A young Japanese boy named Sho (voiced by Ryunosuke Kamiki) moves into his great aunt’s house where he discovers the presence of tiny, little people called Borrowers. Fourteen year old Arrietty (Mirai Shida) and her parents Pod (Tomokazu Miura) and Homily (Shinobu Otake) live underneath the floorboards and survive by “borrowing” things from the world of human “beans”. While on her first borrowing mission, Arrietty comes face to face with Sho, breaking the rule that humans must never learn of the borrowers’ existence. Nevertheless, a deep friendship grows between the two as they strive to keep the Borrowers safe from harm.
In retrospect Mary Norton’s much beloved Borrower books seem like perfect source material for Studio Ghibli. Anime legend Hayao Miyazaki scripted this eloquent adaptation but handed directing and storyboarding duties to talented newcomer Hiromasa Yonebayashi, the youngest animator ever to helm a Ghibli movie. Yonebayashi ably melds his mentor’s familiar concerns how children mature and grow learning to live in harmony with nature with Norton’s themes of trust, secrecy, and survival in a sometimes hostile world where giant bugs lurk in the shadows and almost every journey through the outsized landscape seems perilous. Norton stresses the Borrowers’ preparedness at the core of their culture which merges neatly with Ghibli themes of community and cooperation. The film also touches on environmental issues as Sho notes the Borrowers are an endangered species, to which Arrietty argues they will fight steadfastly against extinction. Another typically humane Ghibli touch is the ostensible villain of the piece is no malevolent Borrower-killer, but an irate, elderly housekeeper (Kirin Kik) simply aggrieved that they things keep disappearing around the house.
There are some notable differences between Kari-gurashi no Arrietti (literally: Arrietty the Borrower) and its source novel. The titular heroine is recast as an only child and the filmmakers downplay the cross-generational conflict in a nod to traditional Japanese filial deference. Pod is a sagely, loving, caring father as much as he is a shrewd survivalist. Also, Spiller (voiced by Tatsuya Fujiwara, star of Battle Royale (2000) and Death Note (2006)), the gruff and feral Borrower who becomes Arrietty’s potential mate in the books, is consigned to the peripheries although rather more amiable than the character is usually portrayed. Norton’s novel offers a wealth of cinematic set-pieces that past BBC adaptations (notably in 1977, 1992 with Ian Holm and Penelope Wilton and another on the way in 2011 starring Christopher Eccleston as Pod) and the big-budget Working Title production The Borrowers (1997) mounted with great aplomb. Similarly, Ghibli’s animators seize on their possibities and deliver an array of lovely, lavishly detailed images. There is an epic feel to this film lacking in other versions. Whereas Peter Hewitt’s film opts for frantic action and zany comedy, Ghibli allow the more lyrical aspects of the story to flow gently and foreground the bittersweet, almost-romance between Sho and Arrietty.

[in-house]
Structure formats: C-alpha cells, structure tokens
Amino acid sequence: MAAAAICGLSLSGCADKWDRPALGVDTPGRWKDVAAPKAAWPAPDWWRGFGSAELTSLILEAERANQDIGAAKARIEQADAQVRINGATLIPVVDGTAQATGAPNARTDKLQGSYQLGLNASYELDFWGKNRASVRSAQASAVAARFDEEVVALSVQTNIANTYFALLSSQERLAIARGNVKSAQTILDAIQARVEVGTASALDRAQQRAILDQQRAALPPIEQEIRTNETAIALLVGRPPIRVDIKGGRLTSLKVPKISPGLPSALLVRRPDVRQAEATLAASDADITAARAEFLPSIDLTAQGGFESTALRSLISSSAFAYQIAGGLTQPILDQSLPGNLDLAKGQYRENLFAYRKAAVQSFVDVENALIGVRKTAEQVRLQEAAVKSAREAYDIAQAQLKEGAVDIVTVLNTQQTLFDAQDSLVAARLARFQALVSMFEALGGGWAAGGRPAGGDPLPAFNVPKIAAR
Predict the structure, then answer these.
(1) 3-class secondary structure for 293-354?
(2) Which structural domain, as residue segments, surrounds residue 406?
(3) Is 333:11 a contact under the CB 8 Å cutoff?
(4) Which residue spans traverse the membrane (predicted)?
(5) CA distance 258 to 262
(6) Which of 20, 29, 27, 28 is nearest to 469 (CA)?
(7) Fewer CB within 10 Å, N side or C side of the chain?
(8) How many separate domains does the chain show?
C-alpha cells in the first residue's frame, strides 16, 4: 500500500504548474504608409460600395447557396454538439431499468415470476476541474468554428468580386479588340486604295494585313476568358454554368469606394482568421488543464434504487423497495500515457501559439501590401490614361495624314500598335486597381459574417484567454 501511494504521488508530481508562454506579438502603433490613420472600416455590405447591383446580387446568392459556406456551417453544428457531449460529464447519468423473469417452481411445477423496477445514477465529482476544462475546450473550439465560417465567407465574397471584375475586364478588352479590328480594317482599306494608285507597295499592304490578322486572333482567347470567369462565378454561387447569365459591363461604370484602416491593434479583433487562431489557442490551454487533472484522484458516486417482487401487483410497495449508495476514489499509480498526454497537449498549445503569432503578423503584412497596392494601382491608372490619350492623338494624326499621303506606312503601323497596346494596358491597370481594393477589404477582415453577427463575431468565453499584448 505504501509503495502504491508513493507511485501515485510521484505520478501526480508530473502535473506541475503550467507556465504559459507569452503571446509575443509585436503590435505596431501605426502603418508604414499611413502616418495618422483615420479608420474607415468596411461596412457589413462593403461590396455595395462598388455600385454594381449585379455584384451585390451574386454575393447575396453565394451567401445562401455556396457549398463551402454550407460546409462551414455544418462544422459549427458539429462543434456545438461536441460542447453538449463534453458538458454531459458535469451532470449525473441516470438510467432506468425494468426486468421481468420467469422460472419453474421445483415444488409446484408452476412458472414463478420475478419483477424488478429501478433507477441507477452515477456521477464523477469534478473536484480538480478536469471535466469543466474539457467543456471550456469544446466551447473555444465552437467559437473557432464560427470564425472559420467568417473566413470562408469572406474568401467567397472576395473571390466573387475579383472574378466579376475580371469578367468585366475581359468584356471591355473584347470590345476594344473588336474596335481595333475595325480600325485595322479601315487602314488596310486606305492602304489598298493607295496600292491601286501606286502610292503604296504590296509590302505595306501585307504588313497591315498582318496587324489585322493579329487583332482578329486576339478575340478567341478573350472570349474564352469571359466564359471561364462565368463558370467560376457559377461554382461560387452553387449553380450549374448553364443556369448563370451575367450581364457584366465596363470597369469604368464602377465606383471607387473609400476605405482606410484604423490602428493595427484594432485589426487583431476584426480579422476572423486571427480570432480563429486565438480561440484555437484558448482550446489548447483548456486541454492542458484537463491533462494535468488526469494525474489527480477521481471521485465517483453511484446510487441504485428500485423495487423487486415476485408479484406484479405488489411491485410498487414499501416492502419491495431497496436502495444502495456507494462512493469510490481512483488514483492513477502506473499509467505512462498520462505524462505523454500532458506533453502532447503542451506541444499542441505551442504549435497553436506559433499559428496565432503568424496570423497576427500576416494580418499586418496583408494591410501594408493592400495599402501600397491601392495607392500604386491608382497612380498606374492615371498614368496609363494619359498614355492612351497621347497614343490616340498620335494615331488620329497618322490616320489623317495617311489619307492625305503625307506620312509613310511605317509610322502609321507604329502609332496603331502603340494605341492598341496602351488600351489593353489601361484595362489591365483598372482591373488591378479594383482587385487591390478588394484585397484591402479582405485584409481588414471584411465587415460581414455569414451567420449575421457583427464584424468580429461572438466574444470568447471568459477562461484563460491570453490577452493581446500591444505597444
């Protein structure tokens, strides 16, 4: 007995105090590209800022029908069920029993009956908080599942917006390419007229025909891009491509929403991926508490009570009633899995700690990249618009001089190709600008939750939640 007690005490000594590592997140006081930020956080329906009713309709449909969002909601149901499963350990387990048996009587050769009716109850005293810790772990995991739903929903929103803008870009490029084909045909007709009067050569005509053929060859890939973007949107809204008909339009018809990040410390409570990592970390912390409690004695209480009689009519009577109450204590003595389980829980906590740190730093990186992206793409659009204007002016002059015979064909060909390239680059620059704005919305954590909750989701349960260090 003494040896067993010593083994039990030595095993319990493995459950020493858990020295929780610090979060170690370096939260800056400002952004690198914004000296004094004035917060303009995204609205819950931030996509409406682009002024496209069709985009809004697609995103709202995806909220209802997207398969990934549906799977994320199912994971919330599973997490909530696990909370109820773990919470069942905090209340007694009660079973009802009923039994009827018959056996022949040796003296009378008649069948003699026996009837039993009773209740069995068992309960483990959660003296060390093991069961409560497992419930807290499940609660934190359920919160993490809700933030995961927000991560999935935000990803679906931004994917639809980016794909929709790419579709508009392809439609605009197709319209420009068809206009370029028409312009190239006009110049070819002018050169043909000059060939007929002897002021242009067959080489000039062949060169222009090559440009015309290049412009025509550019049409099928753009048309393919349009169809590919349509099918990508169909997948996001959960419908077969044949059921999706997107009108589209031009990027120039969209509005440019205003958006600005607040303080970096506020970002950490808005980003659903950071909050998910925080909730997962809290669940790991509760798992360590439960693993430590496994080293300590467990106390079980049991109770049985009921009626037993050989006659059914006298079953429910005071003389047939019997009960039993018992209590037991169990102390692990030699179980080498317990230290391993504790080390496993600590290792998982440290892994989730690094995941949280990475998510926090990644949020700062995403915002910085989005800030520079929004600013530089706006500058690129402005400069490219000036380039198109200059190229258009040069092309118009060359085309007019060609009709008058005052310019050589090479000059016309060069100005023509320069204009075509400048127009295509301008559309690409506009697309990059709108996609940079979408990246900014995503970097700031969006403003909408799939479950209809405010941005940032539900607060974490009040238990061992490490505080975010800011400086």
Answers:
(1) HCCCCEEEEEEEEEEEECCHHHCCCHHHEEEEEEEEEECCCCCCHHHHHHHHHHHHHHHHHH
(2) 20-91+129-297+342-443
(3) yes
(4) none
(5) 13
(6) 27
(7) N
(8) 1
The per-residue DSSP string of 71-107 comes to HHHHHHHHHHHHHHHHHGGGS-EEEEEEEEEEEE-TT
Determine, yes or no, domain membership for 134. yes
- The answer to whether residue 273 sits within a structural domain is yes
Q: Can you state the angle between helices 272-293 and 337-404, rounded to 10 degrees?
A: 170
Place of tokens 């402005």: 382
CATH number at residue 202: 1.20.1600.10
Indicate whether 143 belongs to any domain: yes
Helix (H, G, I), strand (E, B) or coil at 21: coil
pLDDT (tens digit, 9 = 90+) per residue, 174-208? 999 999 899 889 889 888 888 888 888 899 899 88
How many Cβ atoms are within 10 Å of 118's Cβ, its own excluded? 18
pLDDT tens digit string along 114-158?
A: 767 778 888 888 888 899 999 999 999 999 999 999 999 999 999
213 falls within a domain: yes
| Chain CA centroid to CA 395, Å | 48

Arrietty shares an adventurous spirit in common with other Miyazaki heroines as well as an individual sense of style. Both Arietty and Sho are similarly isolated inside their respective environments and his protective instincts towards her stem from his own feelings of frailty. We sense a real connection between the two which lends weight to the film’s key theme of trust, as at one point Arrietty literally places her life in Sho’s hands. Beautiful score by French singer-songwriter Cécile Corbel.